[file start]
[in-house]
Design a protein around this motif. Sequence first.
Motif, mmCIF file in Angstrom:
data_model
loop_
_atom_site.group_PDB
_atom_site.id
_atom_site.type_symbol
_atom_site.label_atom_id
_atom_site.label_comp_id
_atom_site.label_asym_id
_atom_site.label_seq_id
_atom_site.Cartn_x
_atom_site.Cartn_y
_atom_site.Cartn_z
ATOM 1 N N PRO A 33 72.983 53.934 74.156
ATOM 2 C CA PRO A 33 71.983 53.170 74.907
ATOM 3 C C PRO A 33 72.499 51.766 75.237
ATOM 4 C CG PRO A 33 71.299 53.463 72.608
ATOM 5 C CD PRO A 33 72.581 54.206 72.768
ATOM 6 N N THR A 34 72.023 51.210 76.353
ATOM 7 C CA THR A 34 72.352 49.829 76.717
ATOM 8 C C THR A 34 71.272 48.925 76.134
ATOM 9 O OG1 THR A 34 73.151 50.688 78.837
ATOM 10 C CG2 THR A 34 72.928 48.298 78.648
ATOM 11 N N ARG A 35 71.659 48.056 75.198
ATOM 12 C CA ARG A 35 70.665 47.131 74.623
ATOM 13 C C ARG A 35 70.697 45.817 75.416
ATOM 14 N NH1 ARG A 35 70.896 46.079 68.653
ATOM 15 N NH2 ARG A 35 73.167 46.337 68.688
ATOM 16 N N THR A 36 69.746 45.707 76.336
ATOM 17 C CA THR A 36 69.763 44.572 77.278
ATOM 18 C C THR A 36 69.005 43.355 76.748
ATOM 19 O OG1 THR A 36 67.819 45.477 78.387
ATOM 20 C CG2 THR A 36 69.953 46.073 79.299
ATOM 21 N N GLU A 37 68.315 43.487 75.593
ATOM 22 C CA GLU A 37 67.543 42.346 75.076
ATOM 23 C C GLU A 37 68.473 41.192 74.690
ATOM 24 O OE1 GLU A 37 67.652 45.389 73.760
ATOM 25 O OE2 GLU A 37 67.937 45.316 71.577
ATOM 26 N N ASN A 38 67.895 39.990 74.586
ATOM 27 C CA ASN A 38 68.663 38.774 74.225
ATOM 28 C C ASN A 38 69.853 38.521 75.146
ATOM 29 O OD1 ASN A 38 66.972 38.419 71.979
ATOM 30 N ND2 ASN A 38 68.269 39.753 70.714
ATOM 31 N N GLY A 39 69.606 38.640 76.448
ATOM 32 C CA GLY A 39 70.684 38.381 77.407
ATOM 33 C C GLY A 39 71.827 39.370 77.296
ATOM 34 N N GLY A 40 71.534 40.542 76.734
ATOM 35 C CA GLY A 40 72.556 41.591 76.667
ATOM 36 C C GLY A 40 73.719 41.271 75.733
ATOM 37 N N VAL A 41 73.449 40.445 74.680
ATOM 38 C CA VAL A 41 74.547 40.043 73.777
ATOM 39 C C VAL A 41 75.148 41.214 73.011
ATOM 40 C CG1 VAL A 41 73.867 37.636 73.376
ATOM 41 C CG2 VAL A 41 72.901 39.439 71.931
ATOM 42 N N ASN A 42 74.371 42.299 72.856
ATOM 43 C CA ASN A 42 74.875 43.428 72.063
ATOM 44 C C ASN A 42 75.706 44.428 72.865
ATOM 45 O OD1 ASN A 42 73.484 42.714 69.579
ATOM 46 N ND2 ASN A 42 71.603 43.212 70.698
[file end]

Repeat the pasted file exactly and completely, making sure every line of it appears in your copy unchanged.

[in-house]
Design a protein around this motif. Sequence first.
Motif, mmCIF file in Angstrom:
data_model
loop_
_atom_site.group_PDB
_atom_site.id
_atom_site.type_symbol
_atom_site.label_atom_id
_atom_site.label_comp_id
_atom_site.label_asym_id
_atom_site.label_seq_id
_atom_site.Cartn_x
_atom_site.Cartn_y
_atom_site.Cartn_z
ATOM 1 N N PRO A 33 72.983 53.934 74.156
ATOM 2 C CA PRO A 33 71.983 53.170 74.907
ATOM 3 C C PRO A 33 72.499 51.766 75.237
ATOM 4 C CG PRO A 33 71.299 53.463 72.608
ATOM 5 C CD PRO A 33 72.581 54.206 72.768
ATOM 6 N N THR A 34 72.023 51.210 76.353
ATOM 7 C CA THR A 34 72.352 49.829 76.717
ATOM 8 C C THR A 34 71.272 48.925 76.134
ATOM 9 O OG1 THR A 34 73.151 50.688 78.837
ATOM 10 C CG2 THR A 34 72.928 48.298 78.648
ATOM 11 N N ARG A 35 71.659 48.056 75.198
ATOM 12 C CA ARG A 35 70.665 47.131 74.623
ATOM 13 C C ARG A 35 70.697 45.817 75.416
ATOM 14 N NH1 ARG A 35 70.896 46.079 68.653
ATOM 15 N NH2 ARG A 35 73.167 46.337 68.688
ATOM 16 N N THR A 36 69.746 45.707 76.336
ATOM 17 C CA THR A 36 69.763 44.572 77.278
ATOM 18 C C THR A 36 69.005 43.355 76.748
ATOM 19 O OG1 THR A 36 67.819 45.477 78.387
ATOM 20 C CG2 THR A 36 69.953 46.073 79.299
ATOM 21 N N GLU A 37 68.315 43.487 75.593
ATOM 22 C CA GLU A 37 67.543 42.346 75.076
ATOM 23 C C GLU A 37 68.473 41.192 74.690
ATOM 24 O OE1 GLU A 37 67.652 45.389 73.760
ATOM 25 O OE2 GLU A 37 67.937 45.316 71.577
ATOM 26 N N ASN A 38 67.895 39.990 74.586
ATOM 27 C CA ASN A 38 68.663 38.774 74.225
ATOM 28 C C ASN A 38 69.853 38.521 75.146
ATOM 29 O OD1 ASN A 38 66.972 38.419 71.979
ATOM 30 N ND2 ASN A 38 68.269 39.753 70.714
ATOM 31 N N GLY A 39 69.606 38.640 76.448
ATOM 32 C CA GLY A 39 70.684 38.381 77.407
ATOM 33 C C GLY A 39 71.827 39.370 77.296
ATOM 34 N N GLY A 40 71.534 40.542 76.734
ATOM 35 C CA GLY A 40 72.556 41.591 76.667
ATOM 36 C C GLY A 40 73.719 41.271 75.733
ATOM 37 N N VAL A 41 73.449 40.445 74.680
ATOM 38 C CA VAL A 41 74.547 40.043 73.777
ATOM 39 C C VAL A 41 75.148 41.214 73.011
ATOM 40 C CG1 VAL A 41 73.867 37.636 73.376
ATOM 41 C CG2 VAL A 41 72.901 39.439 71.931
ATOM 42 N N ASN A 42 74.371 42.299 72.856
ATOM 43 C CA ASN A 42 74.875 43.428 72.063
ATOM 44 C C ASN A 42 75.706 44.428 72.865
ATOM 45 O OD1 ASN A 42 73.484 42.714 69.579
ATOM 46 N ND2 ASN A 42 71.603 43.212 70.698